"With so many of our successful practices under attack around the globe this month, we felt it was time to speak publicly in defense of our faith.  On May 6, a Boko Haram leader claimed responsibility for abducting hundreds of Nigerian school girls, planning to sell them. In the U.S., with legislation in Missouri and Louisiana aiming to strip abortion providers of their right to practice, and  proposals advancing in Congress to ban abortions after 20 weeks, when low-income women and women with medical abnormalities are most likely to need them, our staunch doctrine of assuring the long-term, structural subservience of women has been making enormous strides.

"The firing of Jill Abramson for her 'brusque' management style as NY Times editor, to be replaced by the man who had responded entirely appropriately by punching a hole in the wall at the Times, was simply more than we could have hoped for.

"This cascade of previously unimaginable successes has of course inflamed uncontrollably whiny, emotional, and humorless feminist apparatchiks around the globe, from groups like a Billion Rising, and the Trust Women/Silver Ribbon Campaign.  These modern women and their supporters would convince the US Supreme Court that it's time to set the record straight and dismiss Hobby Lobby's arguments, simply because they reflect the last gasp of the backwards, fringe mentality we represent. And frankly, the recent denunciation of Boko Haram by Al Quaeda contributed to prompting our declaration. By coming out publicly to claim our corporation's religious affiliation with Boko Haram, we intend to put all such diversions to rest."

(The corporation went  on to explain how this unique circumstance entitled it to claim its independent right to assert that Plan B should not be covered by Hobby Lobby because it is an abortifacient, which is otherwise labeled by mainstream scientific evidence as "absolutely without any foundation whatsoever.")

Friday, December 13, 2013

Tobacco: Symbol of Corrupt Trade Policy

The deadly tobacco industry increasingly deploys trade charges intended to bludgeon countries from Uruguay to Australia into abandoning policies that keep kids from getting addicted, and help smokers quit, as well documented in today's NY Times.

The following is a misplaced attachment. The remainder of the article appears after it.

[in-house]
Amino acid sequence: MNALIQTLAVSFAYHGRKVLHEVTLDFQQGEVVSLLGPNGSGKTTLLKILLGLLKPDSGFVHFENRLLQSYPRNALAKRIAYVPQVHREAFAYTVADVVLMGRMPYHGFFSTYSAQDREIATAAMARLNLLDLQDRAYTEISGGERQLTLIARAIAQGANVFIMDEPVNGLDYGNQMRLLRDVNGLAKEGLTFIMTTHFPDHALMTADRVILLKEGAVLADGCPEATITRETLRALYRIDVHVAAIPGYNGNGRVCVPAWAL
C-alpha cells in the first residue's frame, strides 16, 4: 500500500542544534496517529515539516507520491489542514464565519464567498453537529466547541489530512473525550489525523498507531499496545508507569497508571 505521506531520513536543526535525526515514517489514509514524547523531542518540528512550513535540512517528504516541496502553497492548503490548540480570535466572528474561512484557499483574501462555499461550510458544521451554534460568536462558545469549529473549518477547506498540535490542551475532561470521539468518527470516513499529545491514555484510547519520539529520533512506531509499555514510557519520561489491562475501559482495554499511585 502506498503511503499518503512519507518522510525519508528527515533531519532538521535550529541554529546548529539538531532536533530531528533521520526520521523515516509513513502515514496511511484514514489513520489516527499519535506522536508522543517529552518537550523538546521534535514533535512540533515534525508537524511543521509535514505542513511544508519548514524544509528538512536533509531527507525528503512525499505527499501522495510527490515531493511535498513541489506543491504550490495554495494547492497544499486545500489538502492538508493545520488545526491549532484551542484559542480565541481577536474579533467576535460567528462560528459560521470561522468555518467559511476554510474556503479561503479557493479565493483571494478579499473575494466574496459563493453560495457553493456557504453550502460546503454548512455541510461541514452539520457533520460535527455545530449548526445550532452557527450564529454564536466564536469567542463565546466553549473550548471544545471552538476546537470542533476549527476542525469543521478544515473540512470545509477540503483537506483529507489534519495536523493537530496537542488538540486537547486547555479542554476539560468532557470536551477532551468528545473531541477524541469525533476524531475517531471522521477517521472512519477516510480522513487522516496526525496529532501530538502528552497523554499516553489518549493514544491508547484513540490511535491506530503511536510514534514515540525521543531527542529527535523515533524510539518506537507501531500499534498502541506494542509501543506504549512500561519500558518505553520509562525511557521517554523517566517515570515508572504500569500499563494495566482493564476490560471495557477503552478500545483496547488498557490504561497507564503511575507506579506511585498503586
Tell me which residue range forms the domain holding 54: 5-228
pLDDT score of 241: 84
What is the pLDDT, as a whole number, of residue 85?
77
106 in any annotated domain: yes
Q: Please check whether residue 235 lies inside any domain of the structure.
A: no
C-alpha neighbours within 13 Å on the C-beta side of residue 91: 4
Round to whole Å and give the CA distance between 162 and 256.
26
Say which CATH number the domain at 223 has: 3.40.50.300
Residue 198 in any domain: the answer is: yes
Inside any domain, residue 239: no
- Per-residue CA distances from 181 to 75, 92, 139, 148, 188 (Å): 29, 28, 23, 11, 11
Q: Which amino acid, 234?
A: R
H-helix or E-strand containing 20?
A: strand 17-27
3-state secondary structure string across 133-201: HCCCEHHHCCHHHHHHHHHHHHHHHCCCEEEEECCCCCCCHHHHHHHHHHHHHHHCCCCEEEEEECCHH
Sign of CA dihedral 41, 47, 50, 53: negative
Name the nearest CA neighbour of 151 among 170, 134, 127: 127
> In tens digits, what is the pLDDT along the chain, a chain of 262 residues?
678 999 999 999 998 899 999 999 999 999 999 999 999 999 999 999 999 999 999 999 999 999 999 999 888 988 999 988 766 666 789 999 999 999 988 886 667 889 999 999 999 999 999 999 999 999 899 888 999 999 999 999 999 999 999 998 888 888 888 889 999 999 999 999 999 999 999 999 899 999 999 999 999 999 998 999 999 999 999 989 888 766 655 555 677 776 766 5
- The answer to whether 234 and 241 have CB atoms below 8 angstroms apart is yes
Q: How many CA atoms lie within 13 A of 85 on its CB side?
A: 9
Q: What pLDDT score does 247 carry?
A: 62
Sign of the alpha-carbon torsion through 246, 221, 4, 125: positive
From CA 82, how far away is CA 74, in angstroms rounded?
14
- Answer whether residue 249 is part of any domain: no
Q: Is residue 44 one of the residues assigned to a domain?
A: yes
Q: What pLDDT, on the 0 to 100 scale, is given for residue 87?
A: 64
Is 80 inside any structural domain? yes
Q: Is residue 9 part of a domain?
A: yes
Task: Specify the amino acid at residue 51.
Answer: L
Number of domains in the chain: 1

The U.S. Trade Representative should fix this problem during negotiations on the proposed 12-nation Trans Pacific Partnership (TPP).  But stalemates in U.S. trade policy are perpetuating this obvious injustice.

Trade ministers derive priority status within governments based largely in outdated beliefs that they will magically conjure prosperity by conspiring in secret, allegedly to eliminate trade barriers such as tariffs and quotas which in fact have long go been substantially reduced.  The predominant business of agreements like the TPP is actually reducing "technical barriers" to trade - that is, democratically adopted laws and regulations that protect the public's health, environment, labor standards, and financial transactions.

In the secretive, rarified world of trade negotiations, even when public health succeeds in getting a proposal to the negotiating table on an issue like tobacco, it is subject to be traded away at any moment by a trade minister who views it primarily as a bargaining chip for deals on more important concerns, like sugar, cars, or financial derivatives.

The Center for Policy Analysis on Trade and Health (CPATH) has systematically documented how tobacco industry trade challenges threaten public health's rights to implement tobacco control measures. Medical and public health leaders in the U.S. and worldwide have echoed the call to "carve out" tobacco from trade agreements.

Malaysia presented a carve-out proposal at TPP talks in August, The USTR has advanced two increasingly weak compromises. Legal analysis from Georgetown [R. Stumberg, Safeguards for Tobacco Control: Options for the TPPA.  America Journal of Law and Medicine, 39 (213); 382-441] has confirmed in irrefutable detail that compromises short of a "carve out" would be virtually ineffective.

Tobacco use is the leading preventable cause of death worldwide, claiming 6.3 million deaths a year, including 1,200 Americans daily, and draining almost $200 billion a year in U.S. health care costs and lost productivity. Tobacco is barely a blip in the U.S. economy, and less than a fraction of a percent of our exports.